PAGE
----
Mitt Romney says he could have done better than President Obama on the sequester. But leadership depends on the balance of power as much as knocking heads.
If Mitt Romney had won the presidency, would he have headed off the $85 billion in automatic spending cuts commonly known as the “sequester”?
Mr. Romney himself implies that his answer to that question is “yes.” In his big interview Sunday with Chris Wallace on Fox News, Mr. Romney expressed regret at his relegation to the national sideline and said that, if elected, he’d have focused his executive skills on fixing the sequester problem.
“It kills me not to be there, not to be in the White House doing what needs to be done,” he said.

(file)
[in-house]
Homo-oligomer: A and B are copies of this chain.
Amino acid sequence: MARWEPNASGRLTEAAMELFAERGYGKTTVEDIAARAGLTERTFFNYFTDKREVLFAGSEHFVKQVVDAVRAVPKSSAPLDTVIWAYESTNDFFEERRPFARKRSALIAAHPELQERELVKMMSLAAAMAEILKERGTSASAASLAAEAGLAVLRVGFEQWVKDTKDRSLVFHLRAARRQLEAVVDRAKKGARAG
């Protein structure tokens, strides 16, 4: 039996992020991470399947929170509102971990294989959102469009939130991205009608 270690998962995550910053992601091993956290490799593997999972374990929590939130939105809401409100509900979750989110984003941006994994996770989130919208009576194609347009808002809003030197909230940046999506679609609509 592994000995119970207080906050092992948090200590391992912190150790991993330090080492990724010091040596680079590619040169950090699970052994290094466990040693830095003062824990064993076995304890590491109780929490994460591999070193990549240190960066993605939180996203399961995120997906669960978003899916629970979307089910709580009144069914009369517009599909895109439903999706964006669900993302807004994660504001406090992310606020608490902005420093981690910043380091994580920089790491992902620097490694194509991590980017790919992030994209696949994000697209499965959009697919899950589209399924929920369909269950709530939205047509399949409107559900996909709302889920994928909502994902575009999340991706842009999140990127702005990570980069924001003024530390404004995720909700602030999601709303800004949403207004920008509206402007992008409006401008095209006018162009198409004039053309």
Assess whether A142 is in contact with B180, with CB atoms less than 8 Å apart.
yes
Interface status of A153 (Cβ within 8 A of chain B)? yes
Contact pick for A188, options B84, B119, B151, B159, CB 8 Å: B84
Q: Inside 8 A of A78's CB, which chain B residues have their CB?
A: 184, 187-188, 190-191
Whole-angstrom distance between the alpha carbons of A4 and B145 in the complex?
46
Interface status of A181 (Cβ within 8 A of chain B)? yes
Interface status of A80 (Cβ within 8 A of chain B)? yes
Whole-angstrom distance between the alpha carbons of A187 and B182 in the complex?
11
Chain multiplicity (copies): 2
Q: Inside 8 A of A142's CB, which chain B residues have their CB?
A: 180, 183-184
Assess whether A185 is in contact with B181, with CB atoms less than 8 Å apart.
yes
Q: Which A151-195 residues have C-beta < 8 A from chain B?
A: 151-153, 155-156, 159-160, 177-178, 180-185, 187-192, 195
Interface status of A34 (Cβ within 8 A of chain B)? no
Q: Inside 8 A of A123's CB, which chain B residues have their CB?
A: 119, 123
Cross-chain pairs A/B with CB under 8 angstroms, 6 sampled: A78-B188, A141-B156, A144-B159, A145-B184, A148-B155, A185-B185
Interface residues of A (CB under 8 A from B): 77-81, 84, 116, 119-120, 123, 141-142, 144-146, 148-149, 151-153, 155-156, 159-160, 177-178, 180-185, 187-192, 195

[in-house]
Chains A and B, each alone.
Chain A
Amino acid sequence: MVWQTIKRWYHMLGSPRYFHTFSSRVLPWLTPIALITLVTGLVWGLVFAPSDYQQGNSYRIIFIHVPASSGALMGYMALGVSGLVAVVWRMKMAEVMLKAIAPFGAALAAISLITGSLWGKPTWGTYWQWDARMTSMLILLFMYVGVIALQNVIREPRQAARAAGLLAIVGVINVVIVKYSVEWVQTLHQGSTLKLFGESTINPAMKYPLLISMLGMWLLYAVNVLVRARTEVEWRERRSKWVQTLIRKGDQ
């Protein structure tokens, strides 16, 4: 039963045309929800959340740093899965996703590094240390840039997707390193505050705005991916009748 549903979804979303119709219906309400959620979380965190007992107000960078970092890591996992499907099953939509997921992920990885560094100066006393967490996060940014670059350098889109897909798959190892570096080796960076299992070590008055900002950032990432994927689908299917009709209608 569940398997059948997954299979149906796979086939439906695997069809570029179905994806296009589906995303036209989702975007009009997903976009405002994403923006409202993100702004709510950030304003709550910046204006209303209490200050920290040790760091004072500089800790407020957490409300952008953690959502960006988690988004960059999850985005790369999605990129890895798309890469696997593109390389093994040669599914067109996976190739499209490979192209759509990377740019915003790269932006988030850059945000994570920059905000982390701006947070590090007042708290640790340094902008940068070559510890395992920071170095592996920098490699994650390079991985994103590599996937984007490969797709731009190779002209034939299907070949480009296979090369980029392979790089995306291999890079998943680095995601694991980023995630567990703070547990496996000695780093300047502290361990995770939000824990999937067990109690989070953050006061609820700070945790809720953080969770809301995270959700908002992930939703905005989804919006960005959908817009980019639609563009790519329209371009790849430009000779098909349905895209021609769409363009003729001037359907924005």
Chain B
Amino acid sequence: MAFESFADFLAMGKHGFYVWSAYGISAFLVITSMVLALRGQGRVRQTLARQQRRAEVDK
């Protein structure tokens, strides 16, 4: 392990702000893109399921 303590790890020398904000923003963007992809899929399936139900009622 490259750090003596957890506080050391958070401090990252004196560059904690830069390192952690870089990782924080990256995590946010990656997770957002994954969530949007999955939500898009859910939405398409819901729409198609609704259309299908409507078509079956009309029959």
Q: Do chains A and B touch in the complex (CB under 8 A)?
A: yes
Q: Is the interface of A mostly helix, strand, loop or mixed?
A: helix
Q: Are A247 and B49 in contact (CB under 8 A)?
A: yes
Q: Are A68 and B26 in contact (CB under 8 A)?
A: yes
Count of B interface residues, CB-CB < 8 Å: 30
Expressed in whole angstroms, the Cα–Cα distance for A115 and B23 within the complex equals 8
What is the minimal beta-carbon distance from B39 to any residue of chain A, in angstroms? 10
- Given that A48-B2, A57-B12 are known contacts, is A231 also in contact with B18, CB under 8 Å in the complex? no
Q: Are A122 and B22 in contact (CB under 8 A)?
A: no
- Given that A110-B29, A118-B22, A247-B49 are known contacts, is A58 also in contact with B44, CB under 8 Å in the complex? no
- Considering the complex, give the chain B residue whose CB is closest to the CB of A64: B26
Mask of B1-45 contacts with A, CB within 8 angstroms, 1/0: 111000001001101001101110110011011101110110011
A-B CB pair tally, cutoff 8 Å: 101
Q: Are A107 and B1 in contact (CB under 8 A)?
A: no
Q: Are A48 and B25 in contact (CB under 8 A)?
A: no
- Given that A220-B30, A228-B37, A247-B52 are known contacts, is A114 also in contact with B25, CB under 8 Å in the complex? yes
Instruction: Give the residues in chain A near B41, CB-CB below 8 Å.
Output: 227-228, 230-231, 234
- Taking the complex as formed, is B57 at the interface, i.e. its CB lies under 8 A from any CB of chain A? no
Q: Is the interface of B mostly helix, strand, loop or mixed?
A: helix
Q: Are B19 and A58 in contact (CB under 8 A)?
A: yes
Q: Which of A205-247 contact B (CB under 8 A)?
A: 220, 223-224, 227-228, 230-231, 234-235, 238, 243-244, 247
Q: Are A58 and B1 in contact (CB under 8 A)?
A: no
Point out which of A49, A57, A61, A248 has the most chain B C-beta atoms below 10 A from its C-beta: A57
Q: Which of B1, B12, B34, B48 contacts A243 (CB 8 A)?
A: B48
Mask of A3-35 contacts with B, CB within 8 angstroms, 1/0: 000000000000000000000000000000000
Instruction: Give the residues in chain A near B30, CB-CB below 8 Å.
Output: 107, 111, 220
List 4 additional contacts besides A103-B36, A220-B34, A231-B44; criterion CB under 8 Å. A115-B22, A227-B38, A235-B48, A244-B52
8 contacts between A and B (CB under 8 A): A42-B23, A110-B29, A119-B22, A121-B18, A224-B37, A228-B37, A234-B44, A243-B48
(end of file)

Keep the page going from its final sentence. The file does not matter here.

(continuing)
Jeb Bush echoed that sentiment on Tuesday morning, saying in an interview on MSNBC that “I wish Mitt Romney was president right now because I think we’d have someone who would be in the midst of trying to forge consensus,” Bush said. “It breaks my heart that he’s not there, he’s a good man.”
We’re not so sure that President Romney would have succeeded where President Obama has so far failed. But let’s run through his discussion points on the subject, shall we? Maybe you’ll be convinced where we weren’t.
LEADERNESS. In his Fox interview, Romney expressed the common idea that the US chief executive is a lead sled dog pulling the nation in his wake. In the context of an issue of legislative gridlock, such as the sequester, that means the president needs to impose his will on lawmakers, maybe by locking them all in a room until they reach consensus.